George would prove to be quite scholarly and serious. He was a man on a mission and a man that worked with a lot of “white folks”. In particular, his work with a Professor Fredrick Short from the University of New Hampshire was quite interesting. Dr. Short is an expert in seagrass and the founder of “Seagrassnet” a global monitoring program. George chatted about the loss of “eelgrass” in James Bay and the steep cost of working with an expert like Professor Short. Eelgrass is a generic name for many plants that grow in coastal beds. The coast we were standing on was curiously void of any shoreline plants and we were about to find out why.
George’s claim that the eelgrass had mostly disappeared from the Chisasibi coast confirmed the conversation with Robert from the day before. Also, the loss of the plant has seemingly corresponded with a decline in the goose population, a main staple of the Cree people. George contends that the increased discharge, due to dam diversions on the La Grande River, have caused the ocean around Chisasibi to become much less salty. The lack of salt is suspected to negatively affect eelgrass.
Hydro Quebec, for their part, has claimed that the loss of eelgrass wasn’t caused by their dams. Rather by eelgrass wasting disease and climate change. But, George is armed with an impressive amount of data and backed by experts. He has assisted in various long term studies conducted by the venerable Dr. Short and his merry band of hip college students – which explains his earlier skill in verbal parlay.
During our conversation, we walked up the hill to try and find a cell signal. I asked George what his goal was with Dr. Short and all the work they have done. With a sniff of confidence, George let me know that they will hold Hydro Quebec responsible for any damage they did. And you know what? I have every confidence that he will do exactly that. George seems to be a lone Cree crusader. He also wasn’t shy about letting me know how ridiculously expensive it was to hire the “white, bearded professor”. In fact, after a while, I started to get the impression that it was my fault it was so expensive to hire a white man from New Hampshire. I was sorry that we didn’t have more time to talk.
After an hour of conversation, a young couple pulled up, threw on backpacks, chatted with George and headed out for a hike along the coast.
With that, George had places to be, so we gave our well wishes. Then, he and Nelson departed. I watched them slowly creep up the hill, the lone wolf and his sidekick, working for their people.
We didn’t get permission to camp there (per say), but I had a feeling that we weren’t going to actually find out who can give us permission, but George thought it would be OK.
We finished setting up camp and pondered our next move.
We had driven over 1,300 miles with kayaks, so we decided to go for a paddle. The small inlet in front of us seemed calm with small ripples. It looked like a good day to paddle. So the kayakers unloaded their watercraft, climbed into drysuits, and prepared our kayaks, while the overlanders busied themselves with various tasks, taking pictures and exploring the land.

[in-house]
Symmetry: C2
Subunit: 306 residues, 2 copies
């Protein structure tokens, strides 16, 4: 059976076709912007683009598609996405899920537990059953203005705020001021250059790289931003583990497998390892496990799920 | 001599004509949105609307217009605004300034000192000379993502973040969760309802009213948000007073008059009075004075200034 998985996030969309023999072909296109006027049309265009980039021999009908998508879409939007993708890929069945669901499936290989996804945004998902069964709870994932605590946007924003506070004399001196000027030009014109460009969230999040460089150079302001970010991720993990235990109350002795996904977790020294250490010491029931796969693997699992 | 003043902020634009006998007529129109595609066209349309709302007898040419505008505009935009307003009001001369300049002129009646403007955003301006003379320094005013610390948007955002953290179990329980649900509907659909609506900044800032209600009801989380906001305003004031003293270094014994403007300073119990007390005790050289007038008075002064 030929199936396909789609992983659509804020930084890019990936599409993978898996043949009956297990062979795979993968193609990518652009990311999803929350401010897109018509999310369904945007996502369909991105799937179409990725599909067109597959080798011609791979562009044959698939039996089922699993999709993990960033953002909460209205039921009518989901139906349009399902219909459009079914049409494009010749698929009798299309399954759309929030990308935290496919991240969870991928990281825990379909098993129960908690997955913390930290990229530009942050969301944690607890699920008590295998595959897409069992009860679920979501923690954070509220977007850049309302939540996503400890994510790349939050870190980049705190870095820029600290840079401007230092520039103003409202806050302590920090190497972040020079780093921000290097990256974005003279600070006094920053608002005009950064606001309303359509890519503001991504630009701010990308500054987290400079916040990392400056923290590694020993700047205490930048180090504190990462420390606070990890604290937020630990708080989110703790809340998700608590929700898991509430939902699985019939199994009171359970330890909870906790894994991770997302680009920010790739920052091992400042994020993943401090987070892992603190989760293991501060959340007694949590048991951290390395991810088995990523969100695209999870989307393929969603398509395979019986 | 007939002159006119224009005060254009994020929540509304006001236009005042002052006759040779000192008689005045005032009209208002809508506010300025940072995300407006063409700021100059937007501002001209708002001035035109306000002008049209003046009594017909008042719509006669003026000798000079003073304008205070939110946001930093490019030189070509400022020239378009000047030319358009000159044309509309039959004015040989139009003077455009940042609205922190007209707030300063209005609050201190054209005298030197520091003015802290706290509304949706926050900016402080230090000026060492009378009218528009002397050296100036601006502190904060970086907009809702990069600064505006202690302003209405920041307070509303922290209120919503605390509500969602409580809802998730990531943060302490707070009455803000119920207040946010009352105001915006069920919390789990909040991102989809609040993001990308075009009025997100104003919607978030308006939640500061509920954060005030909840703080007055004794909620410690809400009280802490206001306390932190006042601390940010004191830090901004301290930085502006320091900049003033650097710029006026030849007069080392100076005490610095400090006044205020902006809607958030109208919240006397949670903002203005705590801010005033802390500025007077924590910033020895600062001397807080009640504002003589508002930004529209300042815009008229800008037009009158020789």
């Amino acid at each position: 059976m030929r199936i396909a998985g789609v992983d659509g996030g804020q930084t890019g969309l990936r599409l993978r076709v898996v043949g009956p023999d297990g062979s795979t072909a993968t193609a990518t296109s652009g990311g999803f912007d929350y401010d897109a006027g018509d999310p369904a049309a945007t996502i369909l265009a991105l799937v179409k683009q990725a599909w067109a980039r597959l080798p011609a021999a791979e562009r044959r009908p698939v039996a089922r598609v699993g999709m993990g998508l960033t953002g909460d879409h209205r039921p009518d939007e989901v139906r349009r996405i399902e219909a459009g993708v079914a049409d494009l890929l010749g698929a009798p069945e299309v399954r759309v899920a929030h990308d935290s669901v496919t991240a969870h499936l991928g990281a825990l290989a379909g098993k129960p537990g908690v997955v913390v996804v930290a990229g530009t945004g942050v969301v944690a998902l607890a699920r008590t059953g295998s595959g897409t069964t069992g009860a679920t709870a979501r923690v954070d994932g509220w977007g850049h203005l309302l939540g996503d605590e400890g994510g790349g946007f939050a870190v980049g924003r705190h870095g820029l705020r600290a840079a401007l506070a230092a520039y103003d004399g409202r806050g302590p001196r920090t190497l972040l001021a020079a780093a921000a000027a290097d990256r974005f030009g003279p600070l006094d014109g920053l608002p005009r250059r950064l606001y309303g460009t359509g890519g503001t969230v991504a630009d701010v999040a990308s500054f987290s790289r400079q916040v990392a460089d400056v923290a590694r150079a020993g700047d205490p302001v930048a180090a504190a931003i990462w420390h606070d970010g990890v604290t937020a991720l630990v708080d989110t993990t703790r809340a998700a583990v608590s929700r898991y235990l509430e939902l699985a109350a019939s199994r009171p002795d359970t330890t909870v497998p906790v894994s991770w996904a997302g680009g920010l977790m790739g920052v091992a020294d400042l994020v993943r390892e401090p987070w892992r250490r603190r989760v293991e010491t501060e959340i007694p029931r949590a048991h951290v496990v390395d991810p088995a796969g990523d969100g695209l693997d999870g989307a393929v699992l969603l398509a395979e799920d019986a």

We launched inside the protection of a small break wall and paddled around the end. We rounded the shelter of the break and immediately met with winds that would be considered strong on the Great Lakes. The water chopped at our kayaks, occasionally washing over the deck. We pushed toward the rocky islands that floated about half a mile from shore.
We reached a distant windswept island and landed in the calm shelter of the lee side. The tide was slowly melting from shore. We took a long walk to the end as the wind howled and blasted through the grass. We had walked about 150 meters when I stopped the crew, turned on my phone’s video camera and quickly directed a short “Bill Nye the science guy” like episode of “Hey Kids, do you know where we are?”
AR, Dinty and Hot Pockets seemed a little confused as to the point of my questions. But, earlier I had noticed that the border of Quebec and Nunavat was just a few hundred meters off Longue Pointe. We had in fact, crossed that border and were standing in Nunavat, formerly part of the Northwest Territory (until 1999).
This was a major accomplishment. Very few people will ever set foot in Nunavat. It is one of the world’s most remote, sparsely settled regions. The vast area is the size of Western Europe with a population of 36,000. Put another way, the population of Port Huron, Michigan spread out over 28 countries (Austria, Belgium, Croatia, Czech Republic, Denmark, Estonia, Finland, France, Germany, Hungary, Iceland, Ireland, Italy, Latvia, Liechtenstein, Lithuania, Luxembourg, Malta, Netherlands, Norway, Poland, Portugal, Slovakia, Slovenia, Spain, Sweden, Switzerland and United Kingdom).
Anyway, we had just quietly crossed the border to a huge territory that less than .00000002% of the earth’s population will ever visit. We were in a rare club.
Interestingly, the island had lots flora and was dotted with a handful of excavated blinds.
We returned to Longue Pointe through choppy seas and spent the rest of the evening testing many attitudes of repose with our camp chairs. We played campfire games and awaited the promise of spectacular northern lights.
The Aurora Borealis were disappointing. Ghostly wisps would churn and disappear, but due to the weather and time of year, the colors and intensity eluded us. By 1 am, we gave up the ghost and turned in. It was mostly an uneventful day. It was Sunday, a day of rest. Mission accomplished.
Tomorrow will be Monday and we had to return to town to begin searching for a guide to take us to Cape Jones. Tomorrow was Mamoweedow. We had no idea whether we would be welcomed or turned away in disgust, blamed for the wrongs the Cree had to endure at the hands of our fellow whites.
We did know that we intended to make friends and that should always be good enough.
The tide drained into the ocean and we fell fast asleep.
-Written by Chuck Hayden